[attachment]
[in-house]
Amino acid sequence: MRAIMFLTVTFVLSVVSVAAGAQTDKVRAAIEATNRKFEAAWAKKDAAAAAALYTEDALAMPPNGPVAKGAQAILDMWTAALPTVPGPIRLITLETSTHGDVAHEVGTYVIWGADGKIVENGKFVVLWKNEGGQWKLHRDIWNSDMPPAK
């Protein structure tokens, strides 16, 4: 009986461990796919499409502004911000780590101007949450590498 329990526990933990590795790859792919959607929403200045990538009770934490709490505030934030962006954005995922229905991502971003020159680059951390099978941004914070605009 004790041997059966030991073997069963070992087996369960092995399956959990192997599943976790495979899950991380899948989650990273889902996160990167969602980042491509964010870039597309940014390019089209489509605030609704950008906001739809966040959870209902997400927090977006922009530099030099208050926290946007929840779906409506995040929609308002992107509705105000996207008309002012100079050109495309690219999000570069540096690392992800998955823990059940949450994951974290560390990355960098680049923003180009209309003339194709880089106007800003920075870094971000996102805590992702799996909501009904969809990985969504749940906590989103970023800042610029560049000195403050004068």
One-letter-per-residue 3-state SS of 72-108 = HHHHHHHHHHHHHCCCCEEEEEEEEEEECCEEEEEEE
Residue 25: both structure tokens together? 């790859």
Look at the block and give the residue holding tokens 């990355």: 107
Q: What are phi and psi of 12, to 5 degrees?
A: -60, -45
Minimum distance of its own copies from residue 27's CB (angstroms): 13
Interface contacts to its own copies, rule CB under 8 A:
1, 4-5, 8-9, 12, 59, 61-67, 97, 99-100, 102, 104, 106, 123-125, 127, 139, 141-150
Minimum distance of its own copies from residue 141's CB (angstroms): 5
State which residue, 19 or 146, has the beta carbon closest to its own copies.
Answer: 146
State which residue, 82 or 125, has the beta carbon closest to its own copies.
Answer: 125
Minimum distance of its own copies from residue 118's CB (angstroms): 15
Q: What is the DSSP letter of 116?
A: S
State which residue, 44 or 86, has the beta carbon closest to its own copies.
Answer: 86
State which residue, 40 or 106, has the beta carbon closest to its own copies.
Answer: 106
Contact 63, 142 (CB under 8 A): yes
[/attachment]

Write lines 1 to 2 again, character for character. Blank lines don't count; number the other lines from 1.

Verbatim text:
[in-house]
Amino acid sequence: MRAIMFLTVTFVLSVVSVAAGAQTDKVRAAIEATNRKFEAAWAKKDAAAAAALYTEDALAMPPNGPVAKGAQAILDMWTAALPTVPGPIRLITLETSTHGDVAHEVGTYVIWGADGKIVENGKFVVLWKNEGGQWKLHRDIWNSDMPPAK